Mises Without Embarrassment

by Bob Layson


When this philosophy student eventually encountered the writings of Ayn Rand, circa 1977, he was immune to her, how should it be put, banalysis of the central problems of philosophy and her Mr Toad like dismissal of ‘those gentlemen up at Oxford’. Indeed, I felt rather embarrassed on her behalf. Rather as one feels when watching someone in a karaoke bar putting on a great show and never hitting a note in the middle. With Mises the experience was quite different. Admittedly, his claims for the ‘apodeictic certainty’ and empirical content of a priori reasoning in economics seemed so much to run full tilt into the arguments of Hume that – even with the aid of Kantian philosophy, neo and otherwise – he seemed certain only to choke on what he had bitten off. Nevertheless, the house that von Mises built struck me as an imposing one with or without its so-called foundations. I even had a suspicion that what Mises regarded as truths synthetic, empiric and a priori would prove more palatable to philosophers and others if taken to be analytic, tautological and, in all practice, indispensable.

Some seven or so years later I read Daniel C Dennett on belief ( The Intentional Stance) and my suspicion was confirmed by way of exemplary arguments from a top philosopher. My own thoughts on the subject had the merit of brevity and originality but I could not deny that Dennett had actually done the job and had got his originality in first. Dennett is a professional academic philosopher and his writings on
the imputation of belief and desire are in no way intended as an apology for Misean a priorism . He does not mention Mises and may not have even heard of him. Yet to someone who thinks that Mises is well worth saving from the Miseans, the parallels are obvious.

Here then is what can be taken from Dennett’s philosophy and used to transform the analysis of Mises into something far less maverick and much closer to the truth of the matter.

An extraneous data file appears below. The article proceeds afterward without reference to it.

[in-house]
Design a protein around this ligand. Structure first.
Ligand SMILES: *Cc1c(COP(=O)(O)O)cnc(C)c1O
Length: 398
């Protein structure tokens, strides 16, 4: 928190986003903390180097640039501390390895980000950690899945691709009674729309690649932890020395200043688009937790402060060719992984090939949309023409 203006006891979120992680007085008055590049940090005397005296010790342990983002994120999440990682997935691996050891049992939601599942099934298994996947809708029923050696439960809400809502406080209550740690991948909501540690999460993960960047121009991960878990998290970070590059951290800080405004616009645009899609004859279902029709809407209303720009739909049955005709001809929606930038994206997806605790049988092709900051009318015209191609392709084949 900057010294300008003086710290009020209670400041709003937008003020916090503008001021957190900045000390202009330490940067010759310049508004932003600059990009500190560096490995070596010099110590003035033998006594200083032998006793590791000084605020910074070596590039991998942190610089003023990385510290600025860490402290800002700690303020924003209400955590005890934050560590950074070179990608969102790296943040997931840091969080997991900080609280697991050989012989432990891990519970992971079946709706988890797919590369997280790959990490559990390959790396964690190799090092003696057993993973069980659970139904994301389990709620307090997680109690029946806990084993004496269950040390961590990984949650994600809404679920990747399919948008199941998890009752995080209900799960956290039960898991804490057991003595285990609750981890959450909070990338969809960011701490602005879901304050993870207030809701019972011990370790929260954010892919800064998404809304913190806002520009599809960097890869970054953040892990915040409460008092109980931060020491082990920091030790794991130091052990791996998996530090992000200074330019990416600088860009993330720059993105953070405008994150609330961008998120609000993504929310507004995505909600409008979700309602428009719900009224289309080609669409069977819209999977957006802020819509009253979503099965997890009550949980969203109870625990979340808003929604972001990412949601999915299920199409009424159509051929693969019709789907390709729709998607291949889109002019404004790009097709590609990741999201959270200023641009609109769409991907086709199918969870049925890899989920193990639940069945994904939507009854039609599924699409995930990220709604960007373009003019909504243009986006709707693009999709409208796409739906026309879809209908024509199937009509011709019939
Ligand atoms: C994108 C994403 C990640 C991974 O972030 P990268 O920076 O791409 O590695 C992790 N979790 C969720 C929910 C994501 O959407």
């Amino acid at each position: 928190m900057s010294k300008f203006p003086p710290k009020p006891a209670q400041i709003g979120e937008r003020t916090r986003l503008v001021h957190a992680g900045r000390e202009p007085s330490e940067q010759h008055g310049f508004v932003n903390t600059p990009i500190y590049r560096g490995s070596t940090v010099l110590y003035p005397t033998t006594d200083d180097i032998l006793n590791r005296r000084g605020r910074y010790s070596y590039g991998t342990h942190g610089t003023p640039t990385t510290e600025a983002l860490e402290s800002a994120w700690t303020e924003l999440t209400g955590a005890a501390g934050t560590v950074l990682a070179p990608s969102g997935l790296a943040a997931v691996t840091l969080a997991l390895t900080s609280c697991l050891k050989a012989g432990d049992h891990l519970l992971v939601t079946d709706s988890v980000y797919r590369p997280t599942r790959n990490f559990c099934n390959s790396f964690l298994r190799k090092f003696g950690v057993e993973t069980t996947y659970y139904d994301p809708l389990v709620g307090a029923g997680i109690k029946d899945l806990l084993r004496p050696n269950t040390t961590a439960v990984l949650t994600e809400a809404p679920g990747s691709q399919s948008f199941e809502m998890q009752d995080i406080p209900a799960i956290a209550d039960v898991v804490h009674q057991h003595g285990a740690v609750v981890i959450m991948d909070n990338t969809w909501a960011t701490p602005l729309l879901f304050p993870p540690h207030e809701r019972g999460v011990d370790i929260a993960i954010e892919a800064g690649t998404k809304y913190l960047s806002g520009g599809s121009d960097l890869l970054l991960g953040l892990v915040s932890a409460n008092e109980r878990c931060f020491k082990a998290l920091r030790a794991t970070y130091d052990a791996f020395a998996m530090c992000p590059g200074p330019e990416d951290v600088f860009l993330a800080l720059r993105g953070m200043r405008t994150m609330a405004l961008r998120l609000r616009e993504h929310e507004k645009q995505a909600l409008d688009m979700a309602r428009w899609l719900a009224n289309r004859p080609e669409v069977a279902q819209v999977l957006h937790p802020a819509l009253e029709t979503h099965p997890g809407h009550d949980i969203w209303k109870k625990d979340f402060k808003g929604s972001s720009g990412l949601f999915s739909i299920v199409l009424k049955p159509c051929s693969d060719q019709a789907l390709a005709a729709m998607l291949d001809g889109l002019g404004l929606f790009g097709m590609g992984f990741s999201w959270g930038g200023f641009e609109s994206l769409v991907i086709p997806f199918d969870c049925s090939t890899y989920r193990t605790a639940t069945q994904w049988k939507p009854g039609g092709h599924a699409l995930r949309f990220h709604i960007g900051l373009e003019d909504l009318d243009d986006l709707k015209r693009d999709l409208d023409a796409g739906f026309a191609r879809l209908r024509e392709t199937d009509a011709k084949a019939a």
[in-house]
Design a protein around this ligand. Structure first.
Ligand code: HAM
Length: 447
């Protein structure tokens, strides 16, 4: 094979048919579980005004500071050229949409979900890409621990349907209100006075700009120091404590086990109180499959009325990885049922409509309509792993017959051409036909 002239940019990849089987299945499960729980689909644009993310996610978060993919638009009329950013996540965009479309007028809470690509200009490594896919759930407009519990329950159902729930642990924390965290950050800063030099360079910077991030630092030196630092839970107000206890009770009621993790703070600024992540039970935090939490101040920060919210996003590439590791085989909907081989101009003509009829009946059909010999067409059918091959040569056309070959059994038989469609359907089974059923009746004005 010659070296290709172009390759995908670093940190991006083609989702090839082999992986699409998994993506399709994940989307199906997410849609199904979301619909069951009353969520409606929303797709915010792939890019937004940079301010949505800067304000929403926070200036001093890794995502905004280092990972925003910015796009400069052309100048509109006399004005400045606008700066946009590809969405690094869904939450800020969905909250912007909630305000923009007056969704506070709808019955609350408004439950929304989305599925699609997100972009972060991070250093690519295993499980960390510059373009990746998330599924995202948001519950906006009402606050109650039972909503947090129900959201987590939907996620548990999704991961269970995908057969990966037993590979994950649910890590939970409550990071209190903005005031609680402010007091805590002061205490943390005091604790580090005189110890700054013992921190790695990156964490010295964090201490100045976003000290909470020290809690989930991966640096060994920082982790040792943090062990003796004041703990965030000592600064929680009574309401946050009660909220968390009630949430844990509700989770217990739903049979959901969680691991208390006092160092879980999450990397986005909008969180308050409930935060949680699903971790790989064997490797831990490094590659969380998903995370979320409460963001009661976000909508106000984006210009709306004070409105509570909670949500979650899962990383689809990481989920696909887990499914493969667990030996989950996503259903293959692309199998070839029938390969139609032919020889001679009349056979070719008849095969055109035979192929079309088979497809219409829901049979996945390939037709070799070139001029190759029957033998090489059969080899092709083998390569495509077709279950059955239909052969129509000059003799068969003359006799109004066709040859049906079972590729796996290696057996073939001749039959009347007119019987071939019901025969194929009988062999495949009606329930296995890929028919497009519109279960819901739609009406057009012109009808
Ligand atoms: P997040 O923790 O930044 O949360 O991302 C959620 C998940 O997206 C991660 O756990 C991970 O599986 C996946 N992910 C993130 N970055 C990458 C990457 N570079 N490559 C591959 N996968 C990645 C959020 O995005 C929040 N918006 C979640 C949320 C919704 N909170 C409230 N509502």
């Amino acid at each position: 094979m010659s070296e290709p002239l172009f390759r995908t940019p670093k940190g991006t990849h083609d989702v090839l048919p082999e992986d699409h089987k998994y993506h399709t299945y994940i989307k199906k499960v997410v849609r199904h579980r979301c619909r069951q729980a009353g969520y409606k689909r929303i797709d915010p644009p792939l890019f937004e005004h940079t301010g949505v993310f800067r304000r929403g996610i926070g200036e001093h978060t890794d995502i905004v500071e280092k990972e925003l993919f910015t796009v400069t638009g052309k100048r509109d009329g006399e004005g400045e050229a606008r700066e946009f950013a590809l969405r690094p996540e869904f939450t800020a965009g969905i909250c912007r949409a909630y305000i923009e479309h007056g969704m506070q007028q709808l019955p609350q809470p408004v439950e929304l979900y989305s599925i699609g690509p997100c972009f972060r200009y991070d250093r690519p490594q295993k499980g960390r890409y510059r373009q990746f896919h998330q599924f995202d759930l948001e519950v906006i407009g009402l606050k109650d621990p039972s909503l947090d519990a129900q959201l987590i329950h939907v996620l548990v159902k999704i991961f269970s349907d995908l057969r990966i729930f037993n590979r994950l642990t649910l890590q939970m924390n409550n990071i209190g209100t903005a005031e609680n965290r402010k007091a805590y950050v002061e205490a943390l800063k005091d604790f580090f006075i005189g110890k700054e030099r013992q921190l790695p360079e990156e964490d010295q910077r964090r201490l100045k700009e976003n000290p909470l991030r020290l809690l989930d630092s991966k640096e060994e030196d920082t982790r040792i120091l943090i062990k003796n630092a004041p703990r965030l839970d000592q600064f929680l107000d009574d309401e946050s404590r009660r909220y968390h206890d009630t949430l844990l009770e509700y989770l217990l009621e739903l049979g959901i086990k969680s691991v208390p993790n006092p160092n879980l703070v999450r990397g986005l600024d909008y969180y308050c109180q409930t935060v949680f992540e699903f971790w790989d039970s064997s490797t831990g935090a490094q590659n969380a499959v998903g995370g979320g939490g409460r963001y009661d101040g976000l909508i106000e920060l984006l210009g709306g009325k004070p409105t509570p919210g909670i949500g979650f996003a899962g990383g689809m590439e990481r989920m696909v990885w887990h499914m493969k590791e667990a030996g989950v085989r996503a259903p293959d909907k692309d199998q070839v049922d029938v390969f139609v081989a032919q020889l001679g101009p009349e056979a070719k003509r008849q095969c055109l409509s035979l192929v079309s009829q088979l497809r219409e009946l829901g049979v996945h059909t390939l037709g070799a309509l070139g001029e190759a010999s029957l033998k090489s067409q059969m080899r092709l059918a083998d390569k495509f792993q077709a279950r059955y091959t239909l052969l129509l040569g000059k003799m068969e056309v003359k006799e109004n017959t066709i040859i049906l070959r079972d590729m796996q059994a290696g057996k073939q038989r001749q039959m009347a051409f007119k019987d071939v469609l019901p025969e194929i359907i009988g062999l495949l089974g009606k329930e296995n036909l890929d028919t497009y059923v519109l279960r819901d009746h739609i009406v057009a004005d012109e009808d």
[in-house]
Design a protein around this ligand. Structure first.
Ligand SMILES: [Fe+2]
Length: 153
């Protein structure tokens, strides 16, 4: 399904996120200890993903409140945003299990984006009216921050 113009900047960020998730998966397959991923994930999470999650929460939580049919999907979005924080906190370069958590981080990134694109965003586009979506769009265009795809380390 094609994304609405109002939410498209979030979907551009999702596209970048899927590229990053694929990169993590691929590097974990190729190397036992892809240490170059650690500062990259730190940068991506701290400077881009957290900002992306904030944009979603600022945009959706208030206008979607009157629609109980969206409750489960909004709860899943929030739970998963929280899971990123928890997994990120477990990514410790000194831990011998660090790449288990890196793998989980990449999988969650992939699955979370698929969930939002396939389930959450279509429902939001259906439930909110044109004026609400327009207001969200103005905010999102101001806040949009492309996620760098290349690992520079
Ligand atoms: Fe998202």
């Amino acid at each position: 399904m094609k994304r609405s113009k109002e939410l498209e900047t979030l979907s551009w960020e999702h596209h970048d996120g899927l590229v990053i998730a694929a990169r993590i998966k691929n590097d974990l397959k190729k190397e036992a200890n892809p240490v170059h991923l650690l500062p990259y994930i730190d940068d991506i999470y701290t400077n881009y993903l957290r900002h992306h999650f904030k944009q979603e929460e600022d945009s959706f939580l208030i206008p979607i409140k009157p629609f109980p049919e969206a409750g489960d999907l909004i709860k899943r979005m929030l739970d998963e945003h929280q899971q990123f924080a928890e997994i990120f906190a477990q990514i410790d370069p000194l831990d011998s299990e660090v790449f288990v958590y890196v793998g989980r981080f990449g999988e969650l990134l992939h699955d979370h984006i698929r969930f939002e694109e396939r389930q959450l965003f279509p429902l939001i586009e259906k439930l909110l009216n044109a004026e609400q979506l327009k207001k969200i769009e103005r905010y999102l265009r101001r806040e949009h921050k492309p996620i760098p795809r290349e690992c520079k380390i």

What Mises declares to be a set of a priori truths Dennett views as parts of a systematic approach to understanding human behaviour as rational agency or, as Dennett terms it, adopting the intentional stance. The fact that humans seem to be hard-wired by evolution to take the intentional stance both toward themselves and others and would perish without it does nothing to justify a neo-Kantian interpretation since, in thought at

least, we can readily escape this stance and to understand, predict and retrodict human behaviour as that of purely physical or chemical processes. As Dennett points out, with most of the physical sciences there is either no room for or nothing to be gained from looking for a motive to act or even an evolutionary function being performed. With the social sciences the position is reversed and physics and chemistry are of very little use whilst analysis in terms of agency is practically indispensable.

When it comes to understanding one another and predicting likely human behaviour in types of recurring situations the only place for physics is to serve to limit the scope of likely outcomes and, therefore, the range of correct explanations. For example, if a man is confronted by a problem we expect him to use known practical ways of solving it. We do not suppose that natural laws will be suspended so that he need only make a wish or call upon his creator for the end to be achieved.

In explaining a past event such as a particular theft we do not need consider a potential suspect’s ability to levitate, walk through walls or create a doppelganger at will. In brief, we work on the basis that if something is humanly or logically impossible then it will not be done or have been done. Beyond that, save for the science in forensic science, we rely on what is often called ‘folk psychology’. Who had the means, motive and opportunity?

According to Dennett, in predicting the behaviour of various systems such as rocks, clocks, plants, animals and humans we can use the physical stance, the design stance or the intentional stance.

Physical Stance: ‘determine its physical constitution (perhaps all the way down to the microphysical level) and the physical nature of the impingements upon it, and use your knowledge of the laws of physics to predict the outcome for any input’.

Design Stance: ‘one ignores the actual (possibly messy) details of the physical constitution of an object, and, on the assumption that it has a certain design, predicts that it will behave as it is designed to behave under various circumstances.’

Intentional Stance: ‘first you decide to treat the object whose behaviour is to be predicted as a rational agent; then you figure out what beliefs the agent ought to have, given its place in the world and its purpose. Then you figure out what desires it ought to have, on the same considerations, and finally you predict that this agent will act to further its goals in the light of its beliefs. A little practical reasoning from the chosen set of beliefs and desires will in many – but not all – instances yield a decision about what the agent ought to do; that is what you predict the agent will do.’